DEAR ABBY: I am a confident, well-established administrative professional who has worked with an executive team most of my career.
I organized a very large company party and, because my regular caterer didn't specialize in the kind of barbecue that was needed, I took a chance on an unknown one. I had never used this caterer, but went on the recommendation of three colleagues I trust.
In the end, it was the most humiliating disaster I've ever experienced. Not only was there not enough food, but it was presented in a sloppy, unprofessional manner. No beverages arrived, so we had to do without them for the event.
I have never had anything like this happen before, and the responsibility was mine. It was embarrassing for me and the people I work with. I couldn't even show my face. I stayed in the background trying to fix things as best I could.
I can't seem to get past this. I feel like a failure. I am seriously thinking of applying for a job at another company so I can put it all behind me. I had red flags along the way, but ignored them because I trusted the individuals who recommended the caterer. What are your thoughts? -- WISH I'D GONE WITH MY GUT
DEAR WISH: You're a perfectionist, and I respect that. But before you punish yourself by throwing away a perfectly good career with your current company over one regrettable screwup, please consider that nobody bats 1000. Yes, what happened was regrettable, but it's in the past. It's possible that the recommended caterer was also having a bad day. If you need absolution, discuss this with your employer. You have learned your lesson. Now let it go.
DEAR ABBY: I'm four months pregnant with our second child and dreading the birth because of my fiance's parents. After the birth of our first child, I asked "Cliff" to allow me two weeks without overnight visitors so I could settle in with the new baby. That following weekend his parents called and said, "We're coming, and we're staying with you guys!"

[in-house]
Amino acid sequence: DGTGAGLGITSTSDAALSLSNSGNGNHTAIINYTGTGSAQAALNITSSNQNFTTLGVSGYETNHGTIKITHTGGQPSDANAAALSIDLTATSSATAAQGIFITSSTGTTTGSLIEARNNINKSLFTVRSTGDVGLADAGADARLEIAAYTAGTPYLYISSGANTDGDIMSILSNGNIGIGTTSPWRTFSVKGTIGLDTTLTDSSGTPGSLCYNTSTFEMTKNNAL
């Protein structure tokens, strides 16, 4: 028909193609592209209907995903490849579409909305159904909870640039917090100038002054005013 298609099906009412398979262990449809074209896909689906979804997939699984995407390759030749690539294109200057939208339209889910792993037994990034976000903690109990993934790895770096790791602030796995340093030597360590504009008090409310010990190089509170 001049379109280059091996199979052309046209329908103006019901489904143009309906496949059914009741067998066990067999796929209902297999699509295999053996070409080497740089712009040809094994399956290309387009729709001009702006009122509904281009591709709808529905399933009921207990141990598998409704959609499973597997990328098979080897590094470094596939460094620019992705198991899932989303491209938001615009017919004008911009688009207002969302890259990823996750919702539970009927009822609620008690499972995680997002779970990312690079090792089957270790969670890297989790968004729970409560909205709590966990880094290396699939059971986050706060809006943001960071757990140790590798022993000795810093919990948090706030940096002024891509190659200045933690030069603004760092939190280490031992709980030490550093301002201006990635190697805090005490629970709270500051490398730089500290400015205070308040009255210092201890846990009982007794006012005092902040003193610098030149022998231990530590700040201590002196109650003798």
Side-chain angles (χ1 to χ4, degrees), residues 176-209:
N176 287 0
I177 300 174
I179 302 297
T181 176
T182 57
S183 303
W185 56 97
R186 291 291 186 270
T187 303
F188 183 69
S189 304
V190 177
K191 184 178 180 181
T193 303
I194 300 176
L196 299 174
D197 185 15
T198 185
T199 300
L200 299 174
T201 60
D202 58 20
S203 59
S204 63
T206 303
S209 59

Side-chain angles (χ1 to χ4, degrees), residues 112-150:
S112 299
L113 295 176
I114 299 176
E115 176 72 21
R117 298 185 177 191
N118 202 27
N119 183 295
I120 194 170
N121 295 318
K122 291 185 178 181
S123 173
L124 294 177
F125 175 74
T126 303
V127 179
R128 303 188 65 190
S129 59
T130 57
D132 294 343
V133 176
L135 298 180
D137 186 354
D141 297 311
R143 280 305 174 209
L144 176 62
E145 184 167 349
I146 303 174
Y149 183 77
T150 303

My mom and Cliff were the only ones in the delivery room, and that's how I wanted it. I want it that way again this time. Cliff's mom had made it clear her feelings were hurt because she wasn't "being invited in."
Because my son will be less than 2 years old when the new baby comes, my mom will be taking vacation time to come and help me out. Is it wrong of me to tell Cliff's parents they can't come and stay that soon after the birth of the new one? Cliff and his dad act like long-lost frat guys when they see each other, and I find it irresponsible, childish and a sore spot in our relationship. -- PREGNANT WITH APPREHENSION
DEAR PREGNANT: Your problem isn't your fiance's parents. It's his inability to act like a mature adult. When his parents announced they were coming, he should have put a stop to it then and there. Because he seems unwilling to speak up, you must assume that responsibility, unless you want a repeat of the "open house" party that happened the last time.
When you give birth your wishes should be paramount. It is not performance art. Your doctor will back you up if you make your wishes clear in advance.
Cliff's mom might have been more welcome this time if she hadn't intruded after your last delivery. But, please, don't place the blame entirely on her because it's possible your fiance didn't tell her you needed peace, quiet and time to adjust when they announced they were coming.
Abby shares more than 100 of her favorite recipes in two booklets: "Abby's Favorite Recipes" and "More Favorite Recipes by Dear Abby." Send a business-size, self-addressed envelope, plus check or money order for $12 (U.S. funds)
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